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A little girl who miraculously survived being struck by a car three years ago is defying the odds, as she celebrates a special milestone amid her continuous recovery.
After months of surgeries and years of therapies, Shaylie Edwards, now 6, was able to achieve the incredible: She graduated from kindergarten.
“This kid was just meant to do something amazing,” Shaylie’s mom, Erica Edwards of Reno, Nevada, told Fox News Digital.
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On June 6, 2019, Shaylie had finished her last day of preschool and was ready for summer break.
After dinner, she and her then-7-year-old sister Emma convinced their dad, Shannon Edwards, to take them to a nearby park to play.
Erica Edwards stayed behind to do the dishes and had the windows open. Suddenly, she heard a commotion outside.
“I ran out back, looked over my fence and right in my vision was Shaylie on the road,” Edwards said.
A car coming along the crosswalk hit both Shaylie and her father.
When he saw the car coming toward them, dad Shannon Edwards lifted Shaylie up to get her out of the way — but when the car hit him, he lost his grip on his daughter.
Shaylie hit the hood of the car and flew 40 feet in the air before she landed on the pavement, Erica Edwards told Fox News Digital.
The helmet the girl had been wearing — because she was planning to ride her scooter in the park — was smashed to pieces.
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Erica and a bystander performed CPR on little Shaylie until paramedics arrived.
Shaylie rode in one ambulance while Erica Edwards and her husband rode in another to Renown Medical Center in Reno.
‘I’m a full believer now’
Dad Shannon Edwards, 46, suffered seven fractures in his face; he needed full facial reconstruction. In total, he spent two-and-a-half weeks in the hospital. Today he has four permanent titanium plates in his face, said Erica Edwards.
Young Shaylie had suffered a broken jaw in two places, a broken neck in two places, a broken femur, a fractured sacrum and a brain injury.
As the hospital’s trauma team performed tests on Shaylie to determine her treatment, Erica Edwards asked to stay with her daughter.
Because the mom was surprisingly calm, the hospital team let her in the room. That calm, Erica explained, came from God.
“I was a very spiritual person before this — I always believed in God, but I [wasn’t] much of a churchgoer, not much of a follow-the-Bible-to-the-book type of person,” she said.
“But I’m a full believer now … God speaks to me all the time. And it was through this accident that this voice came to me.”
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“It was a lot of just, ‘Stay calm, just stay calm,’” she said. “It has to be a higher power, a God, a somebody who was just kind of grounding me for what was to come.”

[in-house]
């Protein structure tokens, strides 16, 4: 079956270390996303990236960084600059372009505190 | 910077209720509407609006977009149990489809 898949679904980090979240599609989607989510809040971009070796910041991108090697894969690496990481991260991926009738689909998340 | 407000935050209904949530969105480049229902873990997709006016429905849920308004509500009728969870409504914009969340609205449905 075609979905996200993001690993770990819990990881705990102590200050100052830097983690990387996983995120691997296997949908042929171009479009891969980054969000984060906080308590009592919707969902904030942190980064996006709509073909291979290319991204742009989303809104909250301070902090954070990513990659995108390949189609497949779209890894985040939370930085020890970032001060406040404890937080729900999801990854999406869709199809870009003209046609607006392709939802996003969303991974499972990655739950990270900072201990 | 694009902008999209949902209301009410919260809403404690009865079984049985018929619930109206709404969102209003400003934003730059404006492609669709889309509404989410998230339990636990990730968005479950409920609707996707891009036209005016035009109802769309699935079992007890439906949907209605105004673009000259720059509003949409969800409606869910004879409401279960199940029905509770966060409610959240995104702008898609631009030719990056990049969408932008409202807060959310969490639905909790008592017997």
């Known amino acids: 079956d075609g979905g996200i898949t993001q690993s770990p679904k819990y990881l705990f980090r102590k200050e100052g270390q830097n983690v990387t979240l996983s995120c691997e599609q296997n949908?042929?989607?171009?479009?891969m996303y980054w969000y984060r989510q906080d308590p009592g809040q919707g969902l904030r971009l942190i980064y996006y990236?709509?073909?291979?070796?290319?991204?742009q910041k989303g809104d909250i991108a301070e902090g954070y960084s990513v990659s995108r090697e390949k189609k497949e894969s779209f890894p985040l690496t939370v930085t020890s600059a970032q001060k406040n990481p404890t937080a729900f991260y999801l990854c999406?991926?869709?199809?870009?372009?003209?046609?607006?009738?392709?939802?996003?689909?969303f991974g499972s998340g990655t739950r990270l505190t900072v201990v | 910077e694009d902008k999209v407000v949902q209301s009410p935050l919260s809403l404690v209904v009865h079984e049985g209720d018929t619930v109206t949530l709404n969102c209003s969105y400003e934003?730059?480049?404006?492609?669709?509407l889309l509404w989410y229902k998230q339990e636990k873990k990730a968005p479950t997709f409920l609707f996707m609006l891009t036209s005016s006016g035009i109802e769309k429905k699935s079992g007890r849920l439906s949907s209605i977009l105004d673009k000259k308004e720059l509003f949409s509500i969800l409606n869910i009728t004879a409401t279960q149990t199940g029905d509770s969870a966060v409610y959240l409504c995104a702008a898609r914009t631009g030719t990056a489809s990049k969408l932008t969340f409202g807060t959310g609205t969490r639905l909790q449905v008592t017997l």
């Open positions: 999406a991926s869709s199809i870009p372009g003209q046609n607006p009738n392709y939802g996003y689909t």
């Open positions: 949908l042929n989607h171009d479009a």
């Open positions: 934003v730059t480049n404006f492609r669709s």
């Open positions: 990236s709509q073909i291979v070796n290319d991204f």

“If it wasn’t for that grounding, I wouldn’t have gotten through the last three years of fighting to get my baby back, because it has been a literal fight every single day.”
“I’m going to have to continue to fight for her for years … And my faith is what’s getting me through.”
Shaylie was moved to the pediatric ICU (PICU), where she was in the care of Dr. Kris Deeter, a pediatric intensivist at Renown Children’s Hospital in Reno and the medical director for Pediatrix Critical Care and Hospitalists of Nevada.
“I could tell right away that we were dealing with a pretty severe brain injury,” Dr. Deeter told Fox News Digital. “She was completely unresponsive, she had no reflexes at that time, no motor movement right away … I knew that she was going to have a hard, long road.”
During Shaylie’s first five days in the hospital, doctors focused on protecting her brain from further injury, such as swelling or bleeding.
Once her brain was stabilized, the medical team checked Shaylie’s lungs, kidneys and liver to ensure they were functioning properly, Deeter said.
Then, doctors moved to get Shaylie off the ventilator and off sedatives, so she could start to regain her strength and begin the recovery process.
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After two weeks in the PICU, Shaylie finally opened her eyes. That, for Dr. Deeter, was a turning point in Shaylie’s care.
“When we started seeing that little twitch and that little smile come out, we all knew we were good,” Deeter said. “She’s a fighter.”
It was also the moment that Erica Edwards knew her baby girl was going to be OK.
“When you saw her eyes open, you knew that something was going to come of this young lady,” Erica said. “She wasn’t going to be in the hospital forever.”
“I think it’s that moment when her eyes opened, and they were so clear that the fire just started in me,” Erica added. “I knew I had to do whatever I could … to get her back.”
‘Such a relief’
After three months in the hospital, Shaylie headed to rehab in Los Angeles. Weeks later, she returned home to Reno to complete outpatient care.
“For us to get released from Renown and go home was scary, but such a relief,” Erica said. “Our family hadn’t been home in three months, so that part was amazing. But then the rehabilitation started and it was scary.”